Can we get a hell yeah?

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Fashion Journal

You guys know microbeads, right? Those mini, plastic, exfoliating beads used in cheap skincare products to leave your face as smooth as a baby's butt? The ones which are washed down drains and pollute our oceans and kill our wildlife? 

Yep, those.

For a long while now, the movement to boycott and legislate against the use of microbeads in skin and other personal care products has been gaining momentum. 

Many countries have already banned the production and sale of microbeads and there has been talk of similar legislation here.

And now we have a major breakthrough. As of yesterday, Coles and Woolworths have pledged to remove products containing plastic microbeads from their shelves.

Can we get a hell yeah?

It's a long term project, with the full phase out to be completed by 2017, but it's still great news. According to Environment Minister Greg Hunt, it's just one step among many.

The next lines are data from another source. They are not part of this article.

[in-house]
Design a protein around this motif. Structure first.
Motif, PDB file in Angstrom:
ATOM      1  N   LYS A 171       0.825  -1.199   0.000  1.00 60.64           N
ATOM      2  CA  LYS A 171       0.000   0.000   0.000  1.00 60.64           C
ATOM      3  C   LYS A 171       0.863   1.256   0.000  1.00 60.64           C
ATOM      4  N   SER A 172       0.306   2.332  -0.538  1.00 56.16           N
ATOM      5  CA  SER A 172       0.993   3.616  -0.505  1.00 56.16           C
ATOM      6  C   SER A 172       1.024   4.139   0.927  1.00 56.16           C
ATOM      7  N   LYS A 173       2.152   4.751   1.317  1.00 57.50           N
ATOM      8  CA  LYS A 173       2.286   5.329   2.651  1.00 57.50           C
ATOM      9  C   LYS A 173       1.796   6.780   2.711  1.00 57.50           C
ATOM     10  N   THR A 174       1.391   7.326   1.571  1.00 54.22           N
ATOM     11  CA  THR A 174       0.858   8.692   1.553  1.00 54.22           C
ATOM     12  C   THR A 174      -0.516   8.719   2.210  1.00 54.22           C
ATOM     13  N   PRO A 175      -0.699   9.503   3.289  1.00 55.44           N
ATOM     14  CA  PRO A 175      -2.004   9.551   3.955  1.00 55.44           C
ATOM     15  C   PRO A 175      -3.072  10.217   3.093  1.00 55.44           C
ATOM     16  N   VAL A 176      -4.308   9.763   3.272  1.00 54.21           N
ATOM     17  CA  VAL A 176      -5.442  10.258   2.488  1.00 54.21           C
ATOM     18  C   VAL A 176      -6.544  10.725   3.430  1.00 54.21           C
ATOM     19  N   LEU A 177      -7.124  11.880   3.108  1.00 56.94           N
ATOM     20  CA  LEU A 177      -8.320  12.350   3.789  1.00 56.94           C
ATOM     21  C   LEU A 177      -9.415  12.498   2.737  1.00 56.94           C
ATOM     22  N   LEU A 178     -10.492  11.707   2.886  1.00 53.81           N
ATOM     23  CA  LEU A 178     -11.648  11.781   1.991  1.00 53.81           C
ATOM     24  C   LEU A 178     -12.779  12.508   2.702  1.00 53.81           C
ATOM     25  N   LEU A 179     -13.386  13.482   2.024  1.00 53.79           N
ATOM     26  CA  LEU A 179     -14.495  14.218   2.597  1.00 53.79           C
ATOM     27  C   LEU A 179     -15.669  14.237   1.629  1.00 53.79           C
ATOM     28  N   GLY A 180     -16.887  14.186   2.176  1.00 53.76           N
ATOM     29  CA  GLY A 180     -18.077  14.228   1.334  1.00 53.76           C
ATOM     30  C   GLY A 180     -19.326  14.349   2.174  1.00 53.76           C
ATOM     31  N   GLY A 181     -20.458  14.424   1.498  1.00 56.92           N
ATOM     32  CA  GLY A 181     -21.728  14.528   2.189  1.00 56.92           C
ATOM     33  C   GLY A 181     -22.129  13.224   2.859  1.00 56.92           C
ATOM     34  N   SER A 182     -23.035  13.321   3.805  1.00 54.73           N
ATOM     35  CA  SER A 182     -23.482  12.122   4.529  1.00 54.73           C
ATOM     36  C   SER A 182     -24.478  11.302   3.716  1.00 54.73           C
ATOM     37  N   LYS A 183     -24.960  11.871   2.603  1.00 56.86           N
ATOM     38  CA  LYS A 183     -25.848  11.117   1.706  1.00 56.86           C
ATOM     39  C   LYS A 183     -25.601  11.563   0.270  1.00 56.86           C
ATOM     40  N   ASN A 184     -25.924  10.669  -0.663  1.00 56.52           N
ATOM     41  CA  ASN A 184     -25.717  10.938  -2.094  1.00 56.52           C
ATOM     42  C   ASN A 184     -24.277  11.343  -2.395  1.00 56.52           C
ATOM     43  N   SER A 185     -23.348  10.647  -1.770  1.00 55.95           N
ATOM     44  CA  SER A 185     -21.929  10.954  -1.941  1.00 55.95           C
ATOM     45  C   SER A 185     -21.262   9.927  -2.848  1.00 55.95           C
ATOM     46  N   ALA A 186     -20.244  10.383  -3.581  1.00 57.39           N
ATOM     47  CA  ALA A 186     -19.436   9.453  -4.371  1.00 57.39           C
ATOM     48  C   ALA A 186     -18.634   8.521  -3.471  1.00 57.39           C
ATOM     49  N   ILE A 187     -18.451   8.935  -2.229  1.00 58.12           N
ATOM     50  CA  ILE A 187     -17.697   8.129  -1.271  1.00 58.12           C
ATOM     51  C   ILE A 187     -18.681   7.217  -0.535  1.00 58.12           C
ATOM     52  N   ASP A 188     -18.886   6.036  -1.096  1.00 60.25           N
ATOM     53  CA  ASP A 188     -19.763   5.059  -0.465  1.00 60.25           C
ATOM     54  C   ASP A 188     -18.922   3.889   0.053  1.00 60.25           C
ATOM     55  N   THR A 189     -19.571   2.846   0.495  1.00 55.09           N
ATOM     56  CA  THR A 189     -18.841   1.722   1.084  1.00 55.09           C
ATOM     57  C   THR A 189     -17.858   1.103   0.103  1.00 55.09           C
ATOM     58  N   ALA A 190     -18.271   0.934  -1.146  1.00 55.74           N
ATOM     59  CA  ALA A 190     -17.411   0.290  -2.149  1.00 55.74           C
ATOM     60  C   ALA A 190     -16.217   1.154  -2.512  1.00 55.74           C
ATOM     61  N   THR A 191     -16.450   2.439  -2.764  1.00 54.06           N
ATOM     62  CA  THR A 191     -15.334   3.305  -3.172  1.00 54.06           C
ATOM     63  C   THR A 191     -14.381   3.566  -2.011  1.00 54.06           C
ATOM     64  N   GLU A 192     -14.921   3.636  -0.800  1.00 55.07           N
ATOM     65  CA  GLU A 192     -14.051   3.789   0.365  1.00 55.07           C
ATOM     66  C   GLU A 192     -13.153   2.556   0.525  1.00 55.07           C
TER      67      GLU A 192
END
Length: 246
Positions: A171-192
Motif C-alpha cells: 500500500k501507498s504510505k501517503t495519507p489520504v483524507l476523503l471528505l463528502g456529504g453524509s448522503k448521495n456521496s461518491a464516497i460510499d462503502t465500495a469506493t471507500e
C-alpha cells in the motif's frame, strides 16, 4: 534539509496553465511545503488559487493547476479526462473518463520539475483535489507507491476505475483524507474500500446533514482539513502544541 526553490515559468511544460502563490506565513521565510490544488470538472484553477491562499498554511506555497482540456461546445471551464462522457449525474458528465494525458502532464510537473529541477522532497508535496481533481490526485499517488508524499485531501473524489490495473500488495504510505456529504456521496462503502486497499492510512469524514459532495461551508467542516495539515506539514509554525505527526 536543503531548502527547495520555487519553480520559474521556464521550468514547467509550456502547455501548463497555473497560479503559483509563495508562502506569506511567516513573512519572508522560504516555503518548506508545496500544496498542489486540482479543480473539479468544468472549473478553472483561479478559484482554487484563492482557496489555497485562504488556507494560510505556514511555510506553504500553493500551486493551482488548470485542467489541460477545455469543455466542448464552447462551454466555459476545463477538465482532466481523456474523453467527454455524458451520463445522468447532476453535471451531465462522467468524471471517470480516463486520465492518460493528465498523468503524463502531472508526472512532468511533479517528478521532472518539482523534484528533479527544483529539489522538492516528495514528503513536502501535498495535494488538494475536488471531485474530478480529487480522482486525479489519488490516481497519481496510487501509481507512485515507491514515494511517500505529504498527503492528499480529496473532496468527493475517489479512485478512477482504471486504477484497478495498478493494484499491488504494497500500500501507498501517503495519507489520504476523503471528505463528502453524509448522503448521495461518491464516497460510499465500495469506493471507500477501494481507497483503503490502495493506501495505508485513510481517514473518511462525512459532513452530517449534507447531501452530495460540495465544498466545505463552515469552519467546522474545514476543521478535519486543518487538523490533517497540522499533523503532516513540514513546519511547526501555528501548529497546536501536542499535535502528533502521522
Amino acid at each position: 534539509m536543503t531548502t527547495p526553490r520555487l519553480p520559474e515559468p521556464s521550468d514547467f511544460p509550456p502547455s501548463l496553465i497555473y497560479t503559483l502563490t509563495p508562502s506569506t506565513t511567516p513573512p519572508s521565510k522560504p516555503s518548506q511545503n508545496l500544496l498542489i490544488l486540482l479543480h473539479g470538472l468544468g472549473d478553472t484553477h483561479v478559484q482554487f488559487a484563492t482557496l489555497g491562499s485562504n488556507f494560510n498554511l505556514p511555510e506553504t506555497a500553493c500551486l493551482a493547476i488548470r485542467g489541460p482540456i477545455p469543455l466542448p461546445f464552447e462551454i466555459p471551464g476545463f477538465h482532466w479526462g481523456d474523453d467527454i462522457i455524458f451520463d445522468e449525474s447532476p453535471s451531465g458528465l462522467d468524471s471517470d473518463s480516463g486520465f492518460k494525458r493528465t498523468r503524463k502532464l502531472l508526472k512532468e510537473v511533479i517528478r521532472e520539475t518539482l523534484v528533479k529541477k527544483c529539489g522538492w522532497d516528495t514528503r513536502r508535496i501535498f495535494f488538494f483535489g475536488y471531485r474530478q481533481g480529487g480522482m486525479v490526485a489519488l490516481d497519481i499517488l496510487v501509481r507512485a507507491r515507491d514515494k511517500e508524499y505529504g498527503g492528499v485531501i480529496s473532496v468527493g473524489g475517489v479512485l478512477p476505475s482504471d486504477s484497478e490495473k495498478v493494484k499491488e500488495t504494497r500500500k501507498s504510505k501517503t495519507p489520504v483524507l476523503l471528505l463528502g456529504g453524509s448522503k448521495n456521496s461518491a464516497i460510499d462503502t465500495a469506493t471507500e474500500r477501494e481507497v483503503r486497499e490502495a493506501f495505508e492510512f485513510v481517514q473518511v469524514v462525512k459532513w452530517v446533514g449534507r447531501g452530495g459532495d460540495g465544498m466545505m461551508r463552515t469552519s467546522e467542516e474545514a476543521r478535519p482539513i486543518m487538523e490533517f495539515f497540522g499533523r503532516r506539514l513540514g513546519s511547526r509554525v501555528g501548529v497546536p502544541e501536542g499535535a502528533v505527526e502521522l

"I have to confess, it's one of those issues which emerged later than it should have," Mr Hunt said.

"We want to work with industry to do this. Already Coles and Woolworths have responded and committed to banning microbeads from their shelves by the end of 2017.

"But we want to see a full national phase out."

Manufacturers such as Unilever, Johnson & Johnson and The Body Shop have been working to find alternative materials to use in their products. Natural alternatives such as apricot kernels and walnut shells can be used in place of the harmful plastic beads.

According to the ABC, scientists estimate there are about 300,000 microbeads in an average bottle of face scrub. This will usually be labelled as polyethylene in the product ingredients or HDPE (high-density polyethylene).

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